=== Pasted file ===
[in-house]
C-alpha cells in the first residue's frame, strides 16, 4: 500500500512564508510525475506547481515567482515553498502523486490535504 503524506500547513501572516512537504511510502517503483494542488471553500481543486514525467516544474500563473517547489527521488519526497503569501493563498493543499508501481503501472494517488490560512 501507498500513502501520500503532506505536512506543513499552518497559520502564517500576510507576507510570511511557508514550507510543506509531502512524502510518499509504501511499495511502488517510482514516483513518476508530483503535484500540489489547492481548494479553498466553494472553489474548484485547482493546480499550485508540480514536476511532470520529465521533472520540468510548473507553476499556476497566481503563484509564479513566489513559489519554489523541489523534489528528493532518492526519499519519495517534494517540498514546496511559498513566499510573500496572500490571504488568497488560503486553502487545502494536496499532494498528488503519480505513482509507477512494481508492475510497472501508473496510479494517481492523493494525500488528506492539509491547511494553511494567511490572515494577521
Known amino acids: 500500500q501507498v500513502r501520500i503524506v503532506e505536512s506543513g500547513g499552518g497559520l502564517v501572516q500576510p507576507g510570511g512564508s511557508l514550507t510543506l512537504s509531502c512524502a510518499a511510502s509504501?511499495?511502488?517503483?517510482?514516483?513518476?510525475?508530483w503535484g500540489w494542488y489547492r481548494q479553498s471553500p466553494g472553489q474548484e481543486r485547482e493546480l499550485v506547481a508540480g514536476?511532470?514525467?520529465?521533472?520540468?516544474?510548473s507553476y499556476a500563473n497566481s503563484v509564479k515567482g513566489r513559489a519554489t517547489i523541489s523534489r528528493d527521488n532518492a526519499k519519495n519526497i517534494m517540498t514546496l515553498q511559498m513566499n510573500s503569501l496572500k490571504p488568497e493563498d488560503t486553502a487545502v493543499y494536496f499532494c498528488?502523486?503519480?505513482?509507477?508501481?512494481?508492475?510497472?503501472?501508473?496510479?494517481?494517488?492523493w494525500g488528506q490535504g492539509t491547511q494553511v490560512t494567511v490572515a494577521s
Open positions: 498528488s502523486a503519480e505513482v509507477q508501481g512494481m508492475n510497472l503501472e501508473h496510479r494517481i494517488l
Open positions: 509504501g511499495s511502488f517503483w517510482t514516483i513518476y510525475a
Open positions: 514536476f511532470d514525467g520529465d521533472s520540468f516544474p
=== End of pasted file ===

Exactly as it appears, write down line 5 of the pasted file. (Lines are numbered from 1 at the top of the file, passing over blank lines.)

Open positions: 509504501g511499495s511502488f517503483w517510482t514516483i513518476y510525475a